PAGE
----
pouch, she flicked her right wrist, spinning the sling above her
head for a few moments, then snapping down her arm as she
released the thong held between thumb and forefinger. Seeker flew
straight and true again, and Stonecatcher rewarded Merle with a
happy thunk-rattle of success.
Merle clapped for a moment.
"You were right, Tinker, it is a little faster! Thank you so
much for this!"
welcome," he replied, pasting a smile on his face and trying
to conceal his nervousness at the deadly accuracy of Merle's
sling. He had to repress a shudder when Merle grinned at him, her
razor-sharp teeth gleaming in the afternoon sun.
covered her mouth, as was the custom of the musties around the
mice, but she could see it was too late. She kicked herself
mentally for the slip as she put Stonecatcher back into her pack
and shouldered it. All musties covered their smiles when around
the mice - to do otherwise made them very nervous.
"Come, Tinker - let's go find some gooseberries," she
said with a sigh. Tinker nodded, then smiled weakly, holding out
his paw. Merle took it, smiling with her other paw over her mouth
politely, and they walked off together into the shade of the
Two hours later, the sun was
approaching late afternoon, and Tinker held up a paw to call a
halt to the proceedings. Merle's sharp nose had ferreted out many
berries for Tinker to take home. There were none to spare,
however, for it Merle had been right - it was early in the
season for gooseberries. Merle sat down and sipped quietly at the
waterskin she kept in her pack, hoping to quiet her tummy's
rumblings with some water, at least.
"We make a great team for
berry-hunting, don't we, Merle?" Tinker asked, a big
mousie-grin on his face.
Merle nodded, smiling behind a
paw. "Yep! And with both of us keeping a watch out for
bears, it's much safer."
Tinker nodded, glancing about
nervously even at the mention of bears. The mice and musties only
had one major enemy in the Wild Woods - bears. They weren't
intelligent, but then again, they didn't need to be. Most of them
were black or dark brown in color, stood about twice as tall as a
mustie, and weighed many, many times more. The mice relied on the
musties for protection against bears. When the musties spotted
one in the vicinity, they hunted it down and killed it, in
accordance with their ancient treaty with the mice. The musties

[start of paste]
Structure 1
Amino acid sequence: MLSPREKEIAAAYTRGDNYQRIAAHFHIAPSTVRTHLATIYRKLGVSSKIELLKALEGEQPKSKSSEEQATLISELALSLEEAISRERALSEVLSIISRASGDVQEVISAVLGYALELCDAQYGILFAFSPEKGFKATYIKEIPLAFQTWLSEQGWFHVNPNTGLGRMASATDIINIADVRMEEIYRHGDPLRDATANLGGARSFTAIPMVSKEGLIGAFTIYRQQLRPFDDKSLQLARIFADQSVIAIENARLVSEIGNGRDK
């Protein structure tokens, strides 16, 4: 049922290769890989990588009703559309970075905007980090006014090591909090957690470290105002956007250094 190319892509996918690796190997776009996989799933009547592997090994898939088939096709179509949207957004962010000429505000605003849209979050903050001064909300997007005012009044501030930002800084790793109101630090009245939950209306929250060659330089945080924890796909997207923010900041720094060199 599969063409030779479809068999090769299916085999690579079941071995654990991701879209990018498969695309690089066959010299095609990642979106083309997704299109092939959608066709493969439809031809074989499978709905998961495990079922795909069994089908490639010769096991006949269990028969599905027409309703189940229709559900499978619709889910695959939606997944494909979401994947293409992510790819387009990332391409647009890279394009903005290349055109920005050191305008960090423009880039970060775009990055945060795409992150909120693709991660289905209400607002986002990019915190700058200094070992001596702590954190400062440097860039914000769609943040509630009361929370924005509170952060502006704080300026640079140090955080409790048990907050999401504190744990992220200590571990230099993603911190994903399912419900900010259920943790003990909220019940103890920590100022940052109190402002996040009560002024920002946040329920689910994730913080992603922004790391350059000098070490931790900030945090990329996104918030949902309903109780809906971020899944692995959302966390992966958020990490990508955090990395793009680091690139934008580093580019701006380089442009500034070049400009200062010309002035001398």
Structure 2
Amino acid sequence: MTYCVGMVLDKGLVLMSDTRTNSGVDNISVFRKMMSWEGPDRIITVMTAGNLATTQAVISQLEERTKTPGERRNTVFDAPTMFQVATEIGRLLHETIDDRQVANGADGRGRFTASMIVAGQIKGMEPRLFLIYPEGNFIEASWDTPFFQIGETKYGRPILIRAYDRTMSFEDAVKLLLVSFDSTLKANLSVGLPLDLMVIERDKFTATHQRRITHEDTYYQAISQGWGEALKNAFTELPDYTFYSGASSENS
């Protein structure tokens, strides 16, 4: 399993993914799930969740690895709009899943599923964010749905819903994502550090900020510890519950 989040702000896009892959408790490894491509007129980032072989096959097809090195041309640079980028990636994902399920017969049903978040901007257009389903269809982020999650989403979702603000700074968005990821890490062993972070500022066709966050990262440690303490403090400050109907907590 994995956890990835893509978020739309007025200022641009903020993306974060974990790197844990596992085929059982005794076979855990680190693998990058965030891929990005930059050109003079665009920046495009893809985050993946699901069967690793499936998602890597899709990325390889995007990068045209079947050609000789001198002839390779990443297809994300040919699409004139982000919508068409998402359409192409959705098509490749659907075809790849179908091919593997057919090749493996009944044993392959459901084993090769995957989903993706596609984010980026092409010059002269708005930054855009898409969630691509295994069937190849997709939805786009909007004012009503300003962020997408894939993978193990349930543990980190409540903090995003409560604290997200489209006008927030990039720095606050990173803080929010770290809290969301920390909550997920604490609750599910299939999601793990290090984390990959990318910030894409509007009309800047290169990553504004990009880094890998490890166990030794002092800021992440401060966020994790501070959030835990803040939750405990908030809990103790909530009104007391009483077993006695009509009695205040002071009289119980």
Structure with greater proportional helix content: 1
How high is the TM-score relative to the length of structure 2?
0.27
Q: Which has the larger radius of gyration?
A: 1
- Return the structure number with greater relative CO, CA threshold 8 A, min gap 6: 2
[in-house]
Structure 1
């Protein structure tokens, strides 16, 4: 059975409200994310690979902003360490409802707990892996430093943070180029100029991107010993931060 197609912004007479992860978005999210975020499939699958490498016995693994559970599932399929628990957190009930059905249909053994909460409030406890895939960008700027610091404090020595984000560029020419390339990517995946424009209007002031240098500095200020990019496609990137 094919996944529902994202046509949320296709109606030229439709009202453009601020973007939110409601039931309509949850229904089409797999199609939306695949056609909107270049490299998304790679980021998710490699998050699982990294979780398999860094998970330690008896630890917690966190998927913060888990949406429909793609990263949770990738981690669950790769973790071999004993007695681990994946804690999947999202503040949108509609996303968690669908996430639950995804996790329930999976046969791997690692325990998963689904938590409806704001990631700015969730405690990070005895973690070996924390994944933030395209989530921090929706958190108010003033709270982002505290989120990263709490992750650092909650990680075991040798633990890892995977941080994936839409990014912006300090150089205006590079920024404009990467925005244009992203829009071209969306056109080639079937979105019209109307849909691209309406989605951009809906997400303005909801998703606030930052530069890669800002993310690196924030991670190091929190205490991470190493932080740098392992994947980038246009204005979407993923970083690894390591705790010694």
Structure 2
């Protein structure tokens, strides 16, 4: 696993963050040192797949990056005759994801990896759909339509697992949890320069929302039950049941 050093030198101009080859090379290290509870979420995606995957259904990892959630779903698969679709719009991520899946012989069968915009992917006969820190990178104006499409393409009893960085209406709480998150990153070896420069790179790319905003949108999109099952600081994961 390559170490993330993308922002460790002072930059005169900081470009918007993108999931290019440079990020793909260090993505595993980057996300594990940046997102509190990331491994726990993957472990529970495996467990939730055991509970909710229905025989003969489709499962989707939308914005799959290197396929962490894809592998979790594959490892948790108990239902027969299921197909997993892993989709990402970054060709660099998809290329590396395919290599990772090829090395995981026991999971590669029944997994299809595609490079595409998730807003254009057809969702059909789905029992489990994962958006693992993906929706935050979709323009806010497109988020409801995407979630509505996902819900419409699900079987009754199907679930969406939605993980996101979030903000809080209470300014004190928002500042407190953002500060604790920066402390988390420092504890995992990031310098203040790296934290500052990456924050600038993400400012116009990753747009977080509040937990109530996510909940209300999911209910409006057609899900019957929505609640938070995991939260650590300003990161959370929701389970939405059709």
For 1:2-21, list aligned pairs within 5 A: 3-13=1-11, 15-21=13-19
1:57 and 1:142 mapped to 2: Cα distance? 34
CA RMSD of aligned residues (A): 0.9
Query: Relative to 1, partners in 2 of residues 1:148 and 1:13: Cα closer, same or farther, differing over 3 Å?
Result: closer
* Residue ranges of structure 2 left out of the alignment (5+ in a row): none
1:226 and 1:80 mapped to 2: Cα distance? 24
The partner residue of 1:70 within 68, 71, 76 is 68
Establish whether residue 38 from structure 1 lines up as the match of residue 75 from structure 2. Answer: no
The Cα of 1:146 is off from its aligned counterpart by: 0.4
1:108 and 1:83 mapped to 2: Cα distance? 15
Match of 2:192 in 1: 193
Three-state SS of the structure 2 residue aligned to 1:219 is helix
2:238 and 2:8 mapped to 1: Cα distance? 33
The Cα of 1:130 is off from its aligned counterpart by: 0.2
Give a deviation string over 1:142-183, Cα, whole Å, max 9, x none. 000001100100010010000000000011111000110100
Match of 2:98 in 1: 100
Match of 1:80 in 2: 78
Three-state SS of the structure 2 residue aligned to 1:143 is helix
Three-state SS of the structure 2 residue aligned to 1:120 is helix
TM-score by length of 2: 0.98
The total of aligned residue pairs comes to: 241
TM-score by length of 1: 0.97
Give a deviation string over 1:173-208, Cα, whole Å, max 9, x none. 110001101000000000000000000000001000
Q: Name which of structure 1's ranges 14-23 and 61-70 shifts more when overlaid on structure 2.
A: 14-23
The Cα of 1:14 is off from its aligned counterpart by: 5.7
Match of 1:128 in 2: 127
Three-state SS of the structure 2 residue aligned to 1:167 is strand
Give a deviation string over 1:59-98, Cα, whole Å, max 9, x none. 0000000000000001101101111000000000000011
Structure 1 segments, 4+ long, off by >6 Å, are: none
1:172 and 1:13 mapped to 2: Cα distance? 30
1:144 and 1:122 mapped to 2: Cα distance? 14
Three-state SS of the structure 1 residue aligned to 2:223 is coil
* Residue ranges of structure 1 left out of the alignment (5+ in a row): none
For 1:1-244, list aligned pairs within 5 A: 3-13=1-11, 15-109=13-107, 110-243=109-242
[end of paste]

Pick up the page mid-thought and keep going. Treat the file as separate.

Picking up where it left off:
would stalk a bear for days, then leap on it from ambush,
overwhelming them with numbers. Seven or eight male musties
ripping with their fangs and the sharp, wickedly curved knives
the mice made for them usually made short work of even the
largest adult bear. However, a lone mustie like Merle, even
paired with a timid little mouse like Tinker, was no match for
even a young bear. So, Merle and Tinker had been very careful
while searching for gooseberries.
Merle's tummy growled loudly, and
she spoke up again. "I'm sorry, Tinker, but I have to go.
I'm starving. I have to hunt before it gets dark, or I
won't get to eat tonight," she said, a small frown on her
Tinker nodded, struggling to keep
his distaste off his face. A hunting mustie was a fearful sight
to a mouse, and the thought of eating the flesh of a dumb rabbit
was very disgusting to them. "Here, Merle - mom won't
miss one gooseberry, and I'm sure Farrah has gathered
some, too," Tinker said, mentioning his sister as he reached
into the basket. "You can have it. That'll at least be
something to keep your tummy from growling while you..." he
said, and found he couldn't finish.
"Thanks, Tinker," Merle
replied, trying to control the look on her face and take the
gooseberry demurely from Tinker's outstretched paw. True to its
name, it was a berry about the size of a goose egg. Merle popped
it into her mouth and bit down deep, swallowing the sweet juices.
"Mmm... Delicious," she murmured, her mouth mostly full
of the delicious fruit. She chewed for a few moments, then
swallowed the gooseberry.
"Well, I have to be heading
back," Tinker commented, glancing at the sun.
"Shall I walk you back
home?" Merle asked, enjoying the thought of seeing the mouse
village again, if even only from a distance. The various
contraptions mice built were immensely fascinating to her.
Tinker's house in particular she found very fascinating. His
father had made a huge thing he called a 'Steam Engine'. When it